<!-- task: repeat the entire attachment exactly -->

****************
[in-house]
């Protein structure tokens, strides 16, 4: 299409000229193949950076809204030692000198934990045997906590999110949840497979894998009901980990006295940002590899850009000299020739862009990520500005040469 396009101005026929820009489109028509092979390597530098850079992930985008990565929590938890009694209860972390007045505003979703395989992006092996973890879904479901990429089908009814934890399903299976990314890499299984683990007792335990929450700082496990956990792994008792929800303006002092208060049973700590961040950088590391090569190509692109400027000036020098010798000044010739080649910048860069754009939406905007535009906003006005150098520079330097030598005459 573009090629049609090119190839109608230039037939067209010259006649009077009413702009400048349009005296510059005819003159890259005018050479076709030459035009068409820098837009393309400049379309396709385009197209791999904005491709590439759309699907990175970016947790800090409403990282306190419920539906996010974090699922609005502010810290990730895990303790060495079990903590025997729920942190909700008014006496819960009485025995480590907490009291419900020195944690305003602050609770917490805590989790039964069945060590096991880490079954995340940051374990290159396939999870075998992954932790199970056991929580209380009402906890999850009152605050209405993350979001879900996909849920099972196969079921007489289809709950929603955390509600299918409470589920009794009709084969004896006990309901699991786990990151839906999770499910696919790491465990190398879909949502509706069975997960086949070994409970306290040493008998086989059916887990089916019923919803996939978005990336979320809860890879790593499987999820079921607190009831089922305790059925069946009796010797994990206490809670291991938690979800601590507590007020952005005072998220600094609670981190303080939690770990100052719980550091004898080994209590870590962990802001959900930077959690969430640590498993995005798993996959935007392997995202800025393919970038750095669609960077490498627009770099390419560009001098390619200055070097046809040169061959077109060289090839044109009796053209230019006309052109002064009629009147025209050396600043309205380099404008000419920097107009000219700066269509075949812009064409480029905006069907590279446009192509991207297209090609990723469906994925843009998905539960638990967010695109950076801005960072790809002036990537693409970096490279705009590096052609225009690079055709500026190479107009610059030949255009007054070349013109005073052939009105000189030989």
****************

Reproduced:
[in-house]
């Protein structure tokens, strides 16, 4: 299409000229193949950076809204030692000198934990045997906590999110949840497979894998009901980990006295940002590899850009000299020739862009990520500005040469 396009101005026929820009489109028509092979390597530098850079992930985008990565929590938890009694209860972390007045505003979703395989992006092996973890879904479901990429089908009814934890399903299976990314890499299984683990007792335990929450700082496990956990792994008792929800303006002092208060049973700590961040950088590391090569190509692109400027000036020098010798000044010739080649910048860069754009939406905007535009906003006005150098520079330097030598005459 573009090629049609090119190839109608230039037939067209010259006649009077009413702009400048349009005296510059005819003159890259005018050479076709030459035009068409820098837009393309400049379309396709385009197209791999904005491709590439759309699907990175970016947790800090409403990282306190419920539906996010974090699922609005502010810290990730895990303790060495079990903590025997729920942190909700008014006496819960009485025995480590907490009291419900020195944690305003602050609770917490805590989790039964069945060590096991880490079954995340940051374990290159396939999870075998992954932790199970056991929580209380009402906890999850009152605050209405993350979001879900996909849920099972196969079921007489289809709950929603955390509600299918409470589920009794009709084969004896006990309901699991786990990151839906999770499910696919790491465990190398879909949502509706069975997960086949070994409970306290040493008998086989059916887990089916019923919803996939978005990336979320809860890879790593499987999820079921607190009831089922305790059925069946009796010797994990206490809670291991938690979800601590507590007020952005005072998220600094609670981190303080939690770990100052719980550091004898080994209590870590962990802001959900930077959690969430640590498993995005798993996959935007392997995202800025393919970038750095669609960077490498627009770099390419560009001098390619200055070097046809040169061959077109060289090839044109009796053209230019006309052109002064009629009147025209050396600043309205380099404008000419920097107009000219700066269509075949812009064409480029905006069907590279446009192509991207297209090609990723469906994925843009998905539960638990967010695109950076801005960072790809002036990537693409970096490279705009590096052609225009690079055709500026190479107009610059030949255009007054070349013109005073052939009105000189030989």